Retailers in these markets must find ways to address this apathy in the latter if they are going to re-engage customers. They also have to tackle tough loyalty issues when so much choice is available.
We still want to ‘go shopping’, but we want something different when we get there.
Bricks and mortar stores are in no danger of going away soon. Our research shows that shoppers across the world still see physical stores as the most preferred shopping channel.
However, across markets we can see the encroaching effect that the internet is having on shoppers’ preferences, particularly in the emerging markets of India, China and Brazil. The internet is seen to be significantly more important in these markets than in more mature markets. They want it all or, to put it another way, they want Seamless Retail.
Today’s shoppers, particularly in emerging markets, now expect to shop on their own terms, drifting between in-store and online worlds.
Retailers must now consider how to develop online shopping experiences that are seamless with physical stores. These days, people do a lot more ‘shopping in the mind’, and don’t need to restrict their browsing and buying to stores. So, developing an integrated and rich range of experiences that can satisfy the shopper’s need to dream about and explore new product choices, as well as efficiently locate their final choices, is critical.
A 2011 Deloitte survey of retail executives found that three-quarters believe that in five years’ time the role of bricks and mortar stores will shift to providing compelling and immersive brand experiences, as well as meaningful interactions with sales staff who are technologically-savvy brand ambassadors, with specialised product experience.
The expectation gap: the main hurdle to winning at retail
It’s imperative to understand that today’s shoppers want to satisfy all three mindstates equally.
Richer shopping experiences will win hearts.
Our research has not only validated the equal importance placed on satisfying each of these needs, but has also shown that shoppers want to have experiences rich in Dreaming, Exploring and Locating across categories.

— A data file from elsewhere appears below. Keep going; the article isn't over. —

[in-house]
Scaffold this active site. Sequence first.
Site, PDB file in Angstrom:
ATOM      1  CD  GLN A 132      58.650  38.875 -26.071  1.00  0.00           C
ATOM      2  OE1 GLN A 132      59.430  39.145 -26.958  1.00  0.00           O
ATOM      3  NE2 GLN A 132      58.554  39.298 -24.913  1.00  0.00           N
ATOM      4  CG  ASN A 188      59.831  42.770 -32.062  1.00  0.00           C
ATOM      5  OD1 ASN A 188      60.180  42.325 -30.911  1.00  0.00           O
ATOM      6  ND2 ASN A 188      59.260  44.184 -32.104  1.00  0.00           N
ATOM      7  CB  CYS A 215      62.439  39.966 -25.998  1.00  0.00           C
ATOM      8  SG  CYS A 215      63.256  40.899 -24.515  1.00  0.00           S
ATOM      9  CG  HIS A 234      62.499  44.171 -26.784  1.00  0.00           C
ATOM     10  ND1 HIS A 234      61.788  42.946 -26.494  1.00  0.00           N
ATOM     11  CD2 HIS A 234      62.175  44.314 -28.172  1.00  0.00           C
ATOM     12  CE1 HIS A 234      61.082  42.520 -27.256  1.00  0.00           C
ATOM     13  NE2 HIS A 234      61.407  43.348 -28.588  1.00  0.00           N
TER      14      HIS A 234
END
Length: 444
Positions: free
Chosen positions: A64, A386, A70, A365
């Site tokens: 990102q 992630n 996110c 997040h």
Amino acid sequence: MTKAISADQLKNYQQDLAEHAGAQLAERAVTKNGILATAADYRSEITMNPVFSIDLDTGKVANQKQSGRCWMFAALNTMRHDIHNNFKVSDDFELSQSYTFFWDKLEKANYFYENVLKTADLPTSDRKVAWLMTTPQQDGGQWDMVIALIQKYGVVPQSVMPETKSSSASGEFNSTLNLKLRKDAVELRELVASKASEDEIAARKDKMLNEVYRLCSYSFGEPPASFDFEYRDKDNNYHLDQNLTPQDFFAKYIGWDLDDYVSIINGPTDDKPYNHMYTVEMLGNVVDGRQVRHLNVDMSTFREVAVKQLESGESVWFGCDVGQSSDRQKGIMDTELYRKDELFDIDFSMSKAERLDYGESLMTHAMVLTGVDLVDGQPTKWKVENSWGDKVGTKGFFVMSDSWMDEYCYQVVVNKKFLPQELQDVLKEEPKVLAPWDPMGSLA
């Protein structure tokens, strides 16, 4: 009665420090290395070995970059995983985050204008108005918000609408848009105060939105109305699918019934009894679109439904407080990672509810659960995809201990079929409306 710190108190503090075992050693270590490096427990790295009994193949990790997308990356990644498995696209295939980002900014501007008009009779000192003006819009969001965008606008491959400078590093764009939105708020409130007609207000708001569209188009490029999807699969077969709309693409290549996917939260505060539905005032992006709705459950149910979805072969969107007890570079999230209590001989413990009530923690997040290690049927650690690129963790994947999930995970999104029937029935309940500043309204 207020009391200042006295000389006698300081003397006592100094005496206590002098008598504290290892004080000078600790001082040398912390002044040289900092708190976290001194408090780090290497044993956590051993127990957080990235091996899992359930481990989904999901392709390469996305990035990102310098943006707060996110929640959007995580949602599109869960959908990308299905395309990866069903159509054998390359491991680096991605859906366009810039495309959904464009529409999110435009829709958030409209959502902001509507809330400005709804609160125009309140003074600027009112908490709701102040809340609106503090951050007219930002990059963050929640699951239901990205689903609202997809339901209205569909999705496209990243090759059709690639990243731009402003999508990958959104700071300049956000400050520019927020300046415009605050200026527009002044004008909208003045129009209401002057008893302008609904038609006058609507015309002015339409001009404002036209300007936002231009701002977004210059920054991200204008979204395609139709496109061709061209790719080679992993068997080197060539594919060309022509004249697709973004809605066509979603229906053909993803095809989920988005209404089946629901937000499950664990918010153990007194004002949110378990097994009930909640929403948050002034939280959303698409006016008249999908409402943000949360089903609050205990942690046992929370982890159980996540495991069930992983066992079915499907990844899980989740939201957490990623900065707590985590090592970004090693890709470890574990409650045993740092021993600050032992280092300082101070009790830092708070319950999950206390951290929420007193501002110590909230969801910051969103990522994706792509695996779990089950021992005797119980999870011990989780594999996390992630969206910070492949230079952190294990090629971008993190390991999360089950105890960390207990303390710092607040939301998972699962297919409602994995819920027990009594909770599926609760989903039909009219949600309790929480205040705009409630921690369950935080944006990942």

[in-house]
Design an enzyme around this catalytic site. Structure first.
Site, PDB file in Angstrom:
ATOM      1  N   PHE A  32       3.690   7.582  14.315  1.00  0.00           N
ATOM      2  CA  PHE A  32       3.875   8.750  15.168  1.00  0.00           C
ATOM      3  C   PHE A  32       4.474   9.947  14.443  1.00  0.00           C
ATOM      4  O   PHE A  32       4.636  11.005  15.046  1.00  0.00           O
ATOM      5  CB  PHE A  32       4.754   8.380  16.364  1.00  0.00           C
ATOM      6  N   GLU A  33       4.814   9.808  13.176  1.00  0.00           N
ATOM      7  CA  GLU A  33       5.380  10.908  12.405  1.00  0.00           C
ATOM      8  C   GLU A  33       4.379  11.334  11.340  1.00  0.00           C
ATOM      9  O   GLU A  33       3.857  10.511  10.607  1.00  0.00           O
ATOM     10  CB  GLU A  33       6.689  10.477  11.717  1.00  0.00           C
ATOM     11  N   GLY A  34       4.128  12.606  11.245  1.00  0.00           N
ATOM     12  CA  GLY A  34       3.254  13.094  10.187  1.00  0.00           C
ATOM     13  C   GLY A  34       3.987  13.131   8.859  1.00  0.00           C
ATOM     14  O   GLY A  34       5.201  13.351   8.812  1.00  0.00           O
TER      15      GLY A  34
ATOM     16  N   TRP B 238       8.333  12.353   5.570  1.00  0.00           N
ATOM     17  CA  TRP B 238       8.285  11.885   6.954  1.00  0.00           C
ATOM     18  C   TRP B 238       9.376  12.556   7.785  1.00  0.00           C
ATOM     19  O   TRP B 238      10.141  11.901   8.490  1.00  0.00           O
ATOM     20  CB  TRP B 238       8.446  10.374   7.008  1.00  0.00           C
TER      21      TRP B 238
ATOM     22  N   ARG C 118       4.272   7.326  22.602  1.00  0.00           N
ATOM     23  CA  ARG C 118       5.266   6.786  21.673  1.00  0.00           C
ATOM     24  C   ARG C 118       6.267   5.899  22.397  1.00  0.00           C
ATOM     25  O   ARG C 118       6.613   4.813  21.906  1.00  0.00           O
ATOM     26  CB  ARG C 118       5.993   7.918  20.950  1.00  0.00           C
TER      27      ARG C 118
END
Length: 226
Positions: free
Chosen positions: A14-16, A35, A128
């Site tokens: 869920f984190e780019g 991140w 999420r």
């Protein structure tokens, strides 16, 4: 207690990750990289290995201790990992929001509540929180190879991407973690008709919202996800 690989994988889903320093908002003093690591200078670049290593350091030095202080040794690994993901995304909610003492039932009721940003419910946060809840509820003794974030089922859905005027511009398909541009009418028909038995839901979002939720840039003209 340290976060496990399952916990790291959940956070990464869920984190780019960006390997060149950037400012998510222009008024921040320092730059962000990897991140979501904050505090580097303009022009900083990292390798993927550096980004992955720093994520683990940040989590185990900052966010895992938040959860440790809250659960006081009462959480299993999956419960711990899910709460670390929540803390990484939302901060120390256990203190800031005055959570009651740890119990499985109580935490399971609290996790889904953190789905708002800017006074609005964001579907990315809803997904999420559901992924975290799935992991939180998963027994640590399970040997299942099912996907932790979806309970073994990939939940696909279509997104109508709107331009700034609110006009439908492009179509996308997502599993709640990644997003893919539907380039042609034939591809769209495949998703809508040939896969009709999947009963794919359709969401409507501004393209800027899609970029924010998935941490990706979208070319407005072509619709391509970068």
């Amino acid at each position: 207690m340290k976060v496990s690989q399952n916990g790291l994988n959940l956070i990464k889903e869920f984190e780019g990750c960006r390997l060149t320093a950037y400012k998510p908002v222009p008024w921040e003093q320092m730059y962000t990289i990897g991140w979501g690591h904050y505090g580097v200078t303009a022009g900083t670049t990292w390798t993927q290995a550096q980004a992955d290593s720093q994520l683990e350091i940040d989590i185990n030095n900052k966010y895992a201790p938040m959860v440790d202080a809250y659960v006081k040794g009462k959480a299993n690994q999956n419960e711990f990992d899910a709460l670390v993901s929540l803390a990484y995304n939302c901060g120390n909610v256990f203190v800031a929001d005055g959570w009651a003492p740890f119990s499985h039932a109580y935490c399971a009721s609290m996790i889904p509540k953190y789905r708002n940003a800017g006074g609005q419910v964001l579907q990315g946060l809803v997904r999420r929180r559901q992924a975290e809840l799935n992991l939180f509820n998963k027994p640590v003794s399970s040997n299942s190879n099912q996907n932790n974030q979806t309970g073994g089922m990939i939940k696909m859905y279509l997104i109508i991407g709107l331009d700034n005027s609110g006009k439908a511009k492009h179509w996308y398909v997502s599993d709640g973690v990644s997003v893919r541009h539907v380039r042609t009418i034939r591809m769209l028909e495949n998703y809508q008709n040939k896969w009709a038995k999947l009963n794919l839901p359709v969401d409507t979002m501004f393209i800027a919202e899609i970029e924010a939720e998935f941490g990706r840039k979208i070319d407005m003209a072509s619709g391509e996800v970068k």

Shoppers want to be inspired to dream, whether they are shopping for Saturday evening’s dinner, or something fabulous to wear on that first date.
While shoppers have evolved their behaviours, it is clear that retailers are failing to keep pace. There is a significant Expectation Gap between what shoppers want from their shopping experiences and what they are experiencing in reality.
In examining shoppers who value using multiple channels (both in-store and online) we can see that retailers are failing to deliver most in the area of Dreaming, followed by Exploring and then Locating.
We can drill down to see where the biggest gaps are between expectations and experiences, relative to the three mindstates.
The research shows the Locating dimension Making things easier to find and Helping shoppers feel reassured still represents the cornerstone of the retail experience. This is where retailers have traditionally focused their efforts, but clearly if retailers fail to help shoppers locate effectively, then they are failing at the first post.
Fashion retailers are perceived to fall short in this area in terms of finding things and reassuring shoppers that they have made the right purchase.
What smarter navigation strategies could be employed and what reassurances could accompany
The Exploring dimension Easily find more information on a product and to Get help in narrowing down choices is the new differentiator. Retailers who acknowledge this mindstate have some real opportunities to help shoppers.